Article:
I support the target of generating 30 per cent of Scotland’s energy needs from a mix of renewable energy by 2020:
Strongly agree 42%
Tend to agree 35%
Neither agree nor disagree 12%
Tend to disagree 4%
Strongly disagree 4%
Don’t know 3%
But it still doesn’t test the individual’s knowledge of renewable energy. And it doesn’t ask him or her to say how much more money they’re willing to spend on their bills to ‘save the planet’.
Some interesting comments on this point emerged from the analysis of the polls.
Today Friends of the Earth is using St George’s Day to launch a new Clean British Energy campaign that calls on the Prime Minister to use his speech at the Clean Energy Ministerial on Thursday to demonstrate his backing for low carbon energy.
The group claims increasing the UK’s reliance on domestic renewable sources would not only help decarbonise the energy sector, but would also enhance energy security and create new green jobs. Government figures show just under £4bn of investment in renewables over the last year yielded nearly 14,000 new jobs.
“The public has given a clear vote of confidence to clean British energy from our wind, sun and sea – it makes no sense for the government to pursue an unwanted, costly dash for gas that’s causing our fuel bills to rocket,” said Craig Bennett, Friends of the Earth’s director of policy and campaigns.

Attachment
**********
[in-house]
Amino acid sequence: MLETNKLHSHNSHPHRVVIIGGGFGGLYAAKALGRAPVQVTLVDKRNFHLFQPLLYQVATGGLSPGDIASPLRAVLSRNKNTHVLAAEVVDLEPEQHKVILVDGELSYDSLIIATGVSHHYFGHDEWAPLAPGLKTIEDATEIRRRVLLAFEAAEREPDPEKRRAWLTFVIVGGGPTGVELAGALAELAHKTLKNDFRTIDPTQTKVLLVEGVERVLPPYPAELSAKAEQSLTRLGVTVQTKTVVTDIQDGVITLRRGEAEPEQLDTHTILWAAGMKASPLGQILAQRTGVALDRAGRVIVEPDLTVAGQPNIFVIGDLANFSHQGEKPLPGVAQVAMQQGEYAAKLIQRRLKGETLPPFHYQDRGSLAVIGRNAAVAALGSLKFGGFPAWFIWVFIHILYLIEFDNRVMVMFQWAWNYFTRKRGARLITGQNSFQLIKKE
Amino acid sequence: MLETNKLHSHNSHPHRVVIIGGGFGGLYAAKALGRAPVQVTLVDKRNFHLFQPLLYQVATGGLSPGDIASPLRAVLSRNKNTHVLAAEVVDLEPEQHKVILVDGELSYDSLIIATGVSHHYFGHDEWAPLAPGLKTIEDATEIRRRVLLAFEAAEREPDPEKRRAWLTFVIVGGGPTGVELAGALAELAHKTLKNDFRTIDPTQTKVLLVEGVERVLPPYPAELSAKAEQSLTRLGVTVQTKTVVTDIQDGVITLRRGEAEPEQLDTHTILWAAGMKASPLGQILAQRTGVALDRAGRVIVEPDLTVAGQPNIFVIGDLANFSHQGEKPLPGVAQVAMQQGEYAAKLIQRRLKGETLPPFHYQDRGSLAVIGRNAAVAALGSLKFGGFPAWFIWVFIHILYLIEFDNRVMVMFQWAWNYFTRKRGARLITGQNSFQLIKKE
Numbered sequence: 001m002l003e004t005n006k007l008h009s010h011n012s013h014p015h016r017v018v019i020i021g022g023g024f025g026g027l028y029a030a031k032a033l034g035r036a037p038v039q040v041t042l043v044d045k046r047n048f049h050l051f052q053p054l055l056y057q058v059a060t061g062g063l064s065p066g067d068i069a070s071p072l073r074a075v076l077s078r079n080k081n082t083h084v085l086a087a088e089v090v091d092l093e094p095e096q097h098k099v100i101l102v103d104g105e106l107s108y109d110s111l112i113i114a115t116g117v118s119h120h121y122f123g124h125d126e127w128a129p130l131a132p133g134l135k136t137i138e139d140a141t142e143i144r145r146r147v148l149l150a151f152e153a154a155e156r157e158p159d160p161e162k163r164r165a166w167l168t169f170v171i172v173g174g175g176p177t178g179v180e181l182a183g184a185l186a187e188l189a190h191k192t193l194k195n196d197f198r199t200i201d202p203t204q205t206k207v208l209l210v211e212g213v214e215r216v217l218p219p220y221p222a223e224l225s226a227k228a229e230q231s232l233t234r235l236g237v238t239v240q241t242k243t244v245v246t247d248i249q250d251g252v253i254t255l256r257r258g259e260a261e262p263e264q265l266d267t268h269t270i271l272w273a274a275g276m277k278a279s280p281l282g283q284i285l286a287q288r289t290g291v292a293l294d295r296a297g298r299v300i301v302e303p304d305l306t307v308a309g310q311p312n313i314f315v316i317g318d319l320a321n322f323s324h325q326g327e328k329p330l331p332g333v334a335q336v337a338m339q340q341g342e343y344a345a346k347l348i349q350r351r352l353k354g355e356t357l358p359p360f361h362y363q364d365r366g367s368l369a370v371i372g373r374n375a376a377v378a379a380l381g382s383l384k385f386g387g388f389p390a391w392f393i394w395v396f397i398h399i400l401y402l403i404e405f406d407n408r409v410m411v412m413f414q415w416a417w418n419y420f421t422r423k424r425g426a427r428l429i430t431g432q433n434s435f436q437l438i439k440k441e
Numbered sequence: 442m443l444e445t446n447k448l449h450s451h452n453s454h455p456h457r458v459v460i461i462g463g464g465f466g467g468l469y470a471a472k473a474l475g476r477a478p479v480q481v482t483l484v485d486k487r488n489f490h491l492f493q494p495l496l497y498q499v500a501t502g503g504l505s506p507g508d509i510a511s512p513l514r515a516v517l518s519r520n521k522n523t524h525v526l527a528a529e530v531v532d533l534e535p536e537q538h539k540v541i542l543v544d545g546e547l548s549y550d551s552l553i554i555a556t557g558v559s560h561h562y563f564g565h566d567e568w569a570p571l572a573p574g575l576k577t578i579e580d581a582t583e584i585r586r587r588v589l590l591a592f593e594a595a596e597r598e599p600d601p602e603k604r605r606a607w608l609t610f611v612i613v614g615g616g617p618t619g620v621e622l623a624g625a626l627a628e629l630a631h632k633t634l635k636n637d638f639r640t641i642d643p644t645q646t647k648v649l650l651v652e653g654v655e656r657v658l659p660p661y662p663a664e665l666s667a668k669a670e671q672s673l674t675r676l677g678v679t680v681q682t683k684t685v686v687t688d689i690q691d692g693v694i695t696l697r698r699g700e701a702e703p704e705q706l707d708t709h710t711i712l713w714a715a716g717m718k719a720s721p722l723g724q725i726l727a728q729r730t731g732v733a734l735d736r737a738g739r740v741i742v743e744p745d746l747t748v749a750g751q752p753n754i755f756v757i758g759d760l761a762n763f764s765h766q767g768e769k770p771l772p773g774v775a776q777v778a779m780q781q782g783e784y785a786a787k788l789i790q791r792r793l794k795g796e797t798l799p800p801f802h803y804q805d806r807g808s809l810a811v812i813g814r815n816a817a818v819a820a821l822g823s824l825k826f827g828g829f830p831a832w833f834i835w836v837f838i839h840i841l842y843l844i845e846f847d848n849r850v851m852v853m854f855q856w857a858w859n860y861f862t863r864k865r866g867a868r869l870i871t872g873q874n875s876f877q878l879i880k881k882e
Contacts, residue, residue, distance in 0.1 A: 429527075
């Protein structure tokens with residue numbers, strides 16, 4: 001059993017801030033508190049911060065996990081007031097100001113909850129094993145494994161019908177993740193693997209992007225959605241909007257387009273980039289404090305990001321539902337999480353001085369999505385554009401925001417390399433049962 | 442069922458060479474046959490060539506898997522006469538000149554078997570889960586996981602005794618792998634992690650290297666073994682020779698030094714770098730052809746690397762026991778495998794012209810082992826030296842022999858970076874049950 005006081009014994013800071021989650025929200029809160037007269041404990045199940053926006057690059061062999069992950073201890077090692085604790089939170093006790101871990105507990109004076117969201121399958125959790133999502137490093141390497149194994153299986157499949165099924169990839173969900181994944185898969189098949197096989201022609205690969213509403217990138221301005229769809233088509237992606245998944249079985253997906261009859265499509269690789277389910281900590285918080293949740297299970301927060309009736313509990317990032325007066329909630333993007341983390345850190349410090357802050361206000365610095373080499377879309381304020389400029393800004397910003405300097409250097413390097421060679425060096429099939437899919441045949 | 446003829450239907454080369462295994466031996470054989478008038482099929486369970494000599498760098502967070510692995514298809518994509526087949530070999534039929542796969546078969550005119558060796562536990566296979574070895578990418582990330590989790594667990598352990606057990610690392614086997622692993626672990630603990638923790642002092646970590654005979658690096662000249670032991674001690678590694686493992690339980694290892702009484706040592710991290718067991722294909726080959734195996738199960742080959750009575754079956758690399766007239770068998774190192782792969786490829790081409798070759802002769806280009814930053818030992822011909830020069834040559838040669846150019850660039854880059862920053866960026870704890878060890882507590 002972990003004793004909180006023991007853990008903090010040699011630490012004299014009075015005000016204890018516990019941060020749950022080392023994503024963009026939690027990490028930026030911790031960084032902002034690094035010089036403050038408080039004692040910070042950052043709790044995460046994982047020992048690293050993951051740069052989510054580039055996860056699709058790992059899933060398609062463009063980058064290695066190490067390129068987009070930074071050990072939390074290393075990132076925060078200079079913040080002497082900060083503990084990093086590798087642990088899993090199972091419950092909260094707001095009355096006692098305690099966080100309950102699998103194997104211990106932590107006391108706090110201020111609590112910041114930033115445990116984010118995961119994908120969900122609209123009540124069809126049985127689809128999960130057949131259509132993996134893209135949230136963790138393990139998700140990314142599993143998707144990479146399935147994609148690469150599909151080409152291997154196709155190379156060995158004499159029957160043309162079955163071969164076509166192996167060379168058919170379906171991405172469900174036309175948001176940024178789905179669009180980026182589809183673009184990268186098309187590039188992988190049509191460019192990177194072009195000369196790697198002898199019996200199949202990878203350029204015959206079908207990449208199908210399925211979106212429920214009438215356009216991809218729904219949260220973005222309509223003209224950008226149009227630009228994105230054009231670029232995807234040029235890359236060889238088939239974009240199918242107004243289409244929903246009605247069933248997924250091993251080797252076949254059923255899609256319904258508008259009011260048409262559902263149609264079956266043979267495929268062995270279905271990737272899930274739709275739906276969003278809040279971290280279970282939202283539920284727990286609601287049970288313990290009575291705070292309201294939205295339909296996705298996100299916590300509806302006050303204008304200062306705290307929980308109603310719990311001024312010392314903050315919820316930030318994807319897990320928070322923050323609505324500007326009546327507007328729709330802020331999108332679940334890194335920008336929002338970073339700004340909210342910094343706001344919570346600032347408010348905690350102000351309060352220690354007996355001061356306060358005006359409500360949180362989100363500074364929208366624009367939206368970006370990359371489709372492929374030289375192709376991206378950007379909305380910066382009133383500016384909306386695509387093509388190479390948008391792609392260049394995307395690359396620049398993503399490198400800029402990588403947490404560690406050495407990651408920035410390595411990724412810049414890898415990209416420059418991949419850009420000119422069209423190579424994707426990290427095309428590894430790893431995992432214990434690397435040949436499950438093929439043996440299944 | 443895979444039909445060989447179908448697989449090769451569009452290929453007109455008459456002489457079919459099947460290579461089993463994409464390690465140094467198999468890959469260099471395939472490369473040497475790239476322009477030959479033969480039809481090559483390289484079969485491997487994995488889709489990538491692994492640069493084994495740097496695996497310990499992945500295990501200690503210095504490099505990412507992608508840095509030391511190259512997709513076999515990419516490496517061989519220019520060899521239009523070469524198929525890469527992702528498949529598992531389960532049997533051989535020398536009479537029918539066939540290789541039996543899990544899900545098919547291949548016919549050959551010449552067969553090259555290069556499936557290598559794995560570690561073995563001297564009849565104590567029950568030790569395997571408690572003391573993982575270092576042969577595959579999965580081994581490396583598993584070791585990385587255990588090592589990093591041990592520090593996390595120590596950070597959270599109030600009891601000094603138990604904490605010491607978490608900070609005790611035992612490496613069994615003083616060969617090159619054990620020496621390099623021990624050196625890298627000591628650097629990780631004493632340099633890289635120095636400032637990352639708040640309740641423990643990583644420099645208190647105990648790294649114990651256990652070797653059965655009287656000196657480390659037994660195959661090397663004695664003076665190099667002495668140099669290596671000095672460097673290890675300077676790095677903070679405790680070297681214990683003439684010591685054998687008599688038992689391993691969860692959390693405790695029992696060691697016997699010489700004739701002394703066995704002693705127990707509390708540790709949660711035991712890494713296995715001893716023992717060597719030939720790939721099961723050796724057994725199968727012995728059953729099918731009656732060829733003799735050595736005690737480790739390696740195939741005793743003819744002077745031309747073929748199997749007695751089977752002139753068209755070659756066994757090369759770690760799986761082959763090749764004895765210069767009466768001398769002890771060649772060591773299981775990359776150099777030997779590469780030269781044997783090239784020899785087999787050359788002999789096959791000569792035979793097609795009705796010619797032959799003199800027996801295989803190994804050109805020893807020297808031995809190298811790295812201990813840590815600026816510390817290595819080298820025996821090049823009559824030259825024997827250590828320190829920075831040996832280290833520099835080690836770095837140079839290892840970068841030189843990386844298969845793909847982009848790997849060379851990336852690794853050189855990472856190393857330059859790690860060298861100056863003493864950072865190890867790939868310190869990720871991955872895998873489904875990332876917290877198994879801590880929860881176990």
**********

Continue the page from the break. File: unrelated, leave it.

Excuse me? vote? Nobody voted for anything. And the polls didn’t ask the public for their views on the alleged ‘dash for gas’. They weren’t asked about fracking. And they weren’t asked about what they thought would be providing backup for wind farms. It wasn’t explained to them that increased reliance on renewable energy sources means having to provide backup. There was no public debate, preceding the poll, allowing the respondents to check the facts and figures for themselves. To say that the poll represents a ‘vote’ is a somewhat arrogant interpretation of the poll.
But let’s not be bitter about it. The fact must be that critics of the emphasis on renewable energy have not done as well to convince the public that renewable energy isn’t what Renewable UK and Friends of the Earth claim it is. Of course we haven’t: critics do not have the resources to establish professional lobbying firms, to hire PR experts and polling organisations. And critics of the government’s policies do not enjoy the ears and favours of the government and the large energy companies.
And on that point… A Yougov poll earlier this year found that…